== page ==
Less than a century after the planet supported just 2 billion people, the UN predicts that the world's population will reach 8 billion.
The long-term projection for the UN population has been revised down from 11 billion to 10 billion by the end of the century.
The UN has named 15 November the Day of Eight Billion, but demographers don't know if it really was. Earth's population will start to shrink within a few decades due to the slowing growth of the human population.
Patrick Gerland is the leader of demographic work at the UN Population Division in New York City. It is around this time that humanity is reaching 8 billion.
Will global population increase? The researchers can't agree.
This could be the most reliable estimate that the UN has come up with. The organization switched from five years to annual intervals for analyzing data. Many countries have been able to collect statistics in recent decades.
There are still significant blind spots for countries that are experiencing humanitarian crises. Gerland says that the accuracy of the underlying data varies greatly around the world.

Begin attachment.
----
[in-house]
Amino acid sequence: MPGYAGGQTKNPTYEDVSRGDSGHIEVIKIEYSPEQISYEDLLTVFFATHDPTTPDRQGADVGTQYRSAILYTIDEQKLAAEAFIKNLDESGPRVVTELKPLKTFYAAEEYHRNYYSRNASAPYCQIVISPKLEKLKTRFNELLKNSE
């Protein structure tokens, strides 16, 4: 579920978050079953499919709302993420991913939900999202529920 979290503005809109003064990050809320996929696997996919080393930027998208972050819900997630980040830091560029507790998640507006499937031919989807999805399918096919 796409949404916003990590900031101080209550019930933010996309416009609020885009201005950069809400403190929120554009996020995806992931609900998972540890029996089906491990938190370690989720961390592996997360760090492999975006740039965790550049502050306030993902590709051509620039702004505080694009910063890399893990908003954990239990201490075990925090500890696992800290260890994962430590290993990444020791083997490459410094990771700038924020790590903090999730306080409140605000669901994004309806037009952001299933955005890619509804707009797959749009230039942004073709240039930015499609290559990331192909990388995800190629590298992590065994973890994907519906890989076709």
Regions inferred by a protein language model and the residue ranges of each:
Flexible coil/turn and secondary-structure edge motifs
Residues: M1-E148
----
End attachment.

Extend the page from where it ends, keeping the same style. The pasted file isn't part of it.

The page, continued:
The rapid rise in population was caused by advances in public health and medicine, which allowed more children to live to adulthood. The fertility rate stayed high in lower-income countries.
Demographers are interested in fertility rates and how they are expected to change, because these factors help to drive what will happen to the global population in the future A notable diversion in what various models had previously forecast for the world's population is due to differences in assumed fertility rates. The results suggested a spread between 8 billion and 11 billion by the century's end.
China's population will peak eventually. Depending on who you ask.
Tom Sobotka is a researcher at the Vienna Institute of Demography.
According to the International Institute for Applied Systems Analysis, the world's population will be about 9 billion by the year 2200. An update from the institute will increase the estimate to between 10 billion and 10 billion. The change is due to higher observed and expected survival rates in lower income countries. There are higher estimates of fertility rates in Pakistan.
Since the end of China's one-child policy in 2015, data from China has been more reliable.
There was always a mismatch between the different sources of data from China. If they had a girl, they wouldn't register an initial birth. Many children don't appear in official statistics until they start school. Education statistics were used for more accurate information.
The UN predicts that China's population will shrink every year until the end of the century.
Gerland says that the population in China will decline in the future due to the fact that there are more deaths than births in the country.